caroline began in early 2017, evolving out of weekly improvisation sessions. Band members brought together their shared influences, including Midwestern emo, Appalachian folk, minimalist classical and various forms of electronic music, slowly expanding their ranks as the songs developed. Rough Trade released their debut single “Dark blue” in March 2020, and the eight-piece were nominated as Ones To Watch at the 2020 AIM Awards where they were narrowly beaten by Arlo Parks. A second single ‘Skydiving onto the library roof’ followed in May 2021. These early singles received praise from Pitchfork, FADER, NPR and Paste among other places.

A version of ‘Dark blue’, caroline’s sublime first single opens the album, written on the day Casper Hughes, Jasper Llewellyn and Mike O’Malley first started playing together half a decade ago. Llewellyn and Hughes met at university in Manchester, and on moving to London invited Llewellyn’s old friend Mike O’Malley to form a group, rehearsing in the upstairs room of a South London pub. Yet as they kept on playing that hypnotic ‘Dark blue’ riff, it became clear that something altogether deeper was emerging. “As soon as ‘Dark blue’ became more structured, we thought some swoony violin would be good,” says O’Malley. To provide it, they recruited Oliver Hamilton, who had also had a stint on bass in their early days.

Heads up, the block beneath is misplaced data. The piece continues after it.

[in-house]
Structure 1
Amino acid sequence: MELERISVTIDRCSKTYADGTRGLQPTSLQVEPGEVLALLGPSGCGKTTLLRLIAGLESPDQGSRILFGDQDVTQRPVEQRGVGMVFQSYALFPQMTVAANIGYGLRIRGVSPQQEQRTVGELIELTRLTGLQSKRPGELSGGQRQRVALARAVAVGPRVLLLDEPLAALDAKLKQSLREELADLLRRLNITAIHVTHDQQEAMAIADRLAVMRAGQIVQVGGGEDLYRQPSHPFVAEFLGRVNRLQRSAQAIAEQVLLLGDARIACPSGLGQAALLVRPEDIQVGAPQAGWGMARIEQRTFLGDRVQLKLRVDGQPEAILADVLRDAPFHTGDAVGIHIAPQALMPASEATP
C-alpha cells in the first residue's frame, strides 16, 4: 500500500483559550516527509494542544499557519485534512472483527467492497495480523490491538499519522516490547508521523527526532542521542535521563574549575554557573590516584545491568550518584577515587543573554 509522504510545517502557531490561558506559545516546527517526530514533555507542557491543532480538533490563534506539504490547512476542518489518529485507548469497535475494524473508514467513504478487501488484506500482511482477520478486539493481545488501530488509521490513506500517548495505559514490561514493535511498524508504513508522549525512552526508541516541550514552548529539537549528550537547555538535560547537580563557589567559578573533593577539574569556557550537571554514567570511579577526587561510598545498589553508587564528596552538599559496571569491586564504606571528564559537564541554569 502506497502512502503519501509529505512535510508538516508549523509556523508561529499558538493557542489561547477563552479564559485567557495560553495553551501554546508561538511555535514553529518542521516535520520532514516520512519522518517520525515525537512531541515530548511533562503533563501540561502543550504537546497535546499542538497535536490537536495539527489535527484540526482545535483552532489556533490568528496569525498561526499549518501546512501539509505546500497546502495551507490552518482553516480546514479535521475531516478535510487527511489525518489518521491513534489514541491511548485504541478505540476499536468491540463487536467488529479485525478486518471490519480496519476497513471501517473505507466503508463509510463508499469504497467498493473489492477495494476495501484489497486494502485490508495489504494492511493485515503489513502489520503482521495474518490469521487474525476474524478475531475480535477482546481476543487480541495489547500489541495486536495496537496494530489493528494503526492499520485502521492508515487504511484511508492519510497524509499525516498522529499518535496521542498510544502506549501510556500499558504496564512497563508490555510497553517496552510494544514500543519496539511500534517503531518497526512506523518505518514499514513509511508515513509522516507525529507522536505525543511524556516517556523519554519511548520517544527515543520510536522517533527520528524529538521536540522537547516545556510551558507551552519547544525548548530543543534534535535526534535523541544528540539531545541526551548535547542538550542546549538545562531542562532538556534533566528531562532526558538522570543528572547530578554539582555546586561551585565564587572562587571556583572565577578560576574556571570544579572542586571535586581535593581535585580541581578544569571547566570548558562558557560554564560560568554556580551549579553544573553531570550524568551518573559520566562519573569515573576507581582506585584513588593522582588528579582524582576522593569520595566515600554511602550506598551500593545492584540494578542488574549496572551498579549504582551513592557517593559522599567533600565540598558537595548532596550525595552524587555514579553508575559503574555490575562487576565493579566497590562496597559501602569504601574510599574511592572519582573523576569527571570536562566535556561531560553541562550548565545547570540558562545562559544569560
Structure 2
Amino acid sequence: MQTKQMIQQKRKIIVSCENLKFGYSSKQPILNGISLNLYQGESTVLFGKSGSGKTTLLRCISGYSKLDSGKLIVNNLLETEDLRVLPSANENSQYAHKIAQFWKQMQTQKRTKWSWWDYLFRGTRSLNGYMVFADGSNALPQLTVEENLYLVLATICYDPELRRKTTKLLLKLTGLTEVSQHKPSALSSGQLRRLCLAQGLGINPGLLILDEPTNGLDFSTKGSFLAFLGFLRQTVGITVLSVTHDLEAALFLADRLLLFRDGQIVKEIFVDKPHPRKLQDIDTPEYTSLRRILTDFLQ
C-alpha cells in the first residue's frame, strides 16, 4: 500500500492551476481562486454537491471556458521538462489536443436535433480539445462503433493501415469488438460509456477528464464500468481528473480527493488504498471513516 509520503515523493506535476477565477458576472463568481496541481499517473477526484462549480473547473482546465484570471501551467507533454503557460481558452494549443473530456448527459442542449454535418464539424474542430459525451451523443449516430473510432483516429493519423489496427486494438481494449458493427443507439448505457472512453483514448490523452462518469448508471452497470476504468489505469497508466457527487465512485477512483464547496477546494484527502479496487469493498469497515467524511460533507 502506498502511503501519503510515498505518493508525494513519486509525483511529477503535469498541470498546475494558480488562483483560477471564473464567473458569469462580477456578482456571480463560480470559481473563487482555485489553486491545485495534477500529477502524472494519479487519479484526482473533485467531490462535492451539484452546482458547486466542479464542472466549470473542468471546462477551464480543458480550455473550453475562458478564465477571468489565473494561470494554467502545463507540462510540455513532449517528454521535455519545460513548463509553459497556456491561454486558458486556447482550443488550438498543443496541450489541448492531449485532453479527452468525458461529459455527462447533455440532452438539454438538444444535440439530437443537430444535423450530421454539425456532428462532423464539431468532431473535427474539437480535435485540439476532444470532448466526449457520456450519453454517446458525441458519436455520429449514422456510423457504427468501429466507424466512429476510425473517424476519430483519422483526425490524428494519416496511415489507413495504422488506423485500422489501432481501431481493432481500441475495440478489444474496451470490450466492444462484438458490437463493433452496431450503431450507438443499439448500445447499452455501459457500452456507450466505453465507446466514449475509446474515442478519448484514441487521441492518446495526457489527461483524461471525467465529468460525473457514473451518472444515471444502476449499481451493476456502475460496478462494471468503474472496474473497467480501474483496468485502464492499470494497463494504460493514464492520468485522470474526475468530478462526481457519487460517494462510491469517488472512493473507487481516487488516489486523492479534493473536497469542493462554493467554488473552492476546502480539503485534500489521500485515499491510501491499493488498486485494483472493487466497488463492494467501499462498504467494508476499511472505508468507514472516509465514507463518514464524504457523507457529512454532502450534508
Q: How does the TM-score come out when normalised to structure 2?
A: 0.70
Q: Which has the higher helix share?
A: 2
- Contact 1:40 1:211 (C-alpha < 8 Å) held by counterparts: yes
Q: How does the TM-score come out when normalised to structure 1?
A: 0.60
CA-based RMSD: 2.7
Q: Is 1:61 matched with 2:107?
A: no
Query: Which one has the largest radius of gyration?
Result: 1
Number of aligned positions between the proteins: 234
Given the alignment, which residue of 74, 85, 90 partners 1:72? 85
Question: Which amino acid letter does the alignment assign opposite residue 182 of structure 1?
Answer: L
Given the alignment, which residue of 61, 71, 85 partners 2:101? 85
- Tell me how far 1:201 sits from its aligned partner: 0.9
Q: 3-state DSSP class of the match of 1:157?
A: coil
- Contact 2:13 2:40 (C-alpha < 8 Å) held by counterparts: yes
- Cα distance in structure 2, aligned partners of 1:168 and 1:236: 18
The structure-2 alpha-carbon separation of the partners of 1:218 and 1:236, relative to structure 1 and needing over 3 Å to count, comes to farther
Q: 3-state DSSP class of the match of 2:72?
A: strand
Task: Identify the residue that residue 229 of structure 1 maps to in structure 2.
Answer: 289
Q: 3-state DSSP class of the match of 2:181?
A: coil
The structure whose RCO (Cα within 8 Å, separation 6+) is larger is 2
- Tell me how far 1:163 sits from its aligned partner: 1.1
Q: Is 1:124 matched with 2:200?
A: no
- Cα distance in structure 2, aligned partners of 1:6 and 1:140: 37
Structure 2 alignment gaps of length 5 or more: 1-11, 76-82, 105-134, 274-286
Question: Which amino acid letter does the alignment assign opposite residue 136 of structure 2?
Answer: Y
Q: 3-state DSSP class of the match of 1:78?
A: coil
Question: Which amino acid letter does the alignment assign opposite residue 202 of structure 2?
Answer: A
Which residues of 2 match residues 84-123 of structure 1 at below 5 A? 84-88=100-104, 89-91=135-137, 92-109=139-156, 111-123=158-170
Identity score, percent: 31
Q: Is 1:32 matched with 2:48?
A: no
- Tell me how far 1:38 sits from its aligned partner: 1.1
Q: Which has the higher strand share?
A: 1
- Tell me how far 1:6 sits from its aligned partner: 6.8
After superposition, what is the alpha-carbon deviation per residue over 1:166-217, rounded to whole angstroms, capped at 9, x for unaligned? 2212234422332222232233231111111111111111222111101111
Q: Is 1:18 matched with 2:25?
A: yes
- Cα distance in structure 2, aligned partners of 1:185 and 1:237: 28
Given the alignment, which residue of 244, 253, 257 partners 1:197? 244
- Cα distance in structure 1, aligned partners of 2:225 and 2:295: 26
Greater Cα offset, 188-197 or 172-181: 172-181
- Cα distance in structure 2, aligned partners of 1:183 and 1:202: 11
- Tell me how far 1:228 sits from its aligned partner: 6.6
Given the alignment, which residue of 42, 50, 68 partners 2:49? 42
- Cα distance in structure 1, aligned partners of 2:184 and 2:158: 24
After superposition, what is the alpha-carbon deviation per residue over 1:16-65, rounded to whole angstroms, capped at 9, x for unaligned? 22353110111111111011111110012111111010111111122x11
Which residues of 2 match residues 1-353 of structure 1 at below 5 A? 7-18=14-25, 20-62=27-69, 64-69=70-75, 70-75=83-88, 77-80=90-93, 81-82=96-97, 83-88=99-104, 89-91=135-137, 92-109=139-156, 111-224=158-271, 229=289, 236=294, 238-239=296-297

As the band’s sound kept expanding, so too did their line-up, eventually becoming an eight-piece completed by trumpeter and bassist Freddy Wordsworth, another violinist Magdalena McLean, percussionist Hugh Aynsley and flute, clarinet and saxophone player Alex McKenzie. By the time the cast settled towards the end of 2019, the songs too were expansive and emotive pieces, their rich palette drawing on a mixture of choral singing, Midwestern emo and O’Malley and Llewellyn’s roots in Appalachian folk.

Their debut album caroline was mixed by John ‘Spud’ Murphy (black midi, Lankum). On it, songs can cascade like an avalanche with the full force of so many instruments, squalling and rumbling on the edge of all-out collapse. At other times they slip back into impossibly fragile moments of quiet – a simple bassline or a rattle of snare the only sound amid a dark sea of silence. caroline know exactly the right balance between restraint and release. “Sometimes things sound much better when there’s empty space,” says Llewellyn. “Sometimes you might populate [a song] with too many things and forget that an element on its own is enough.”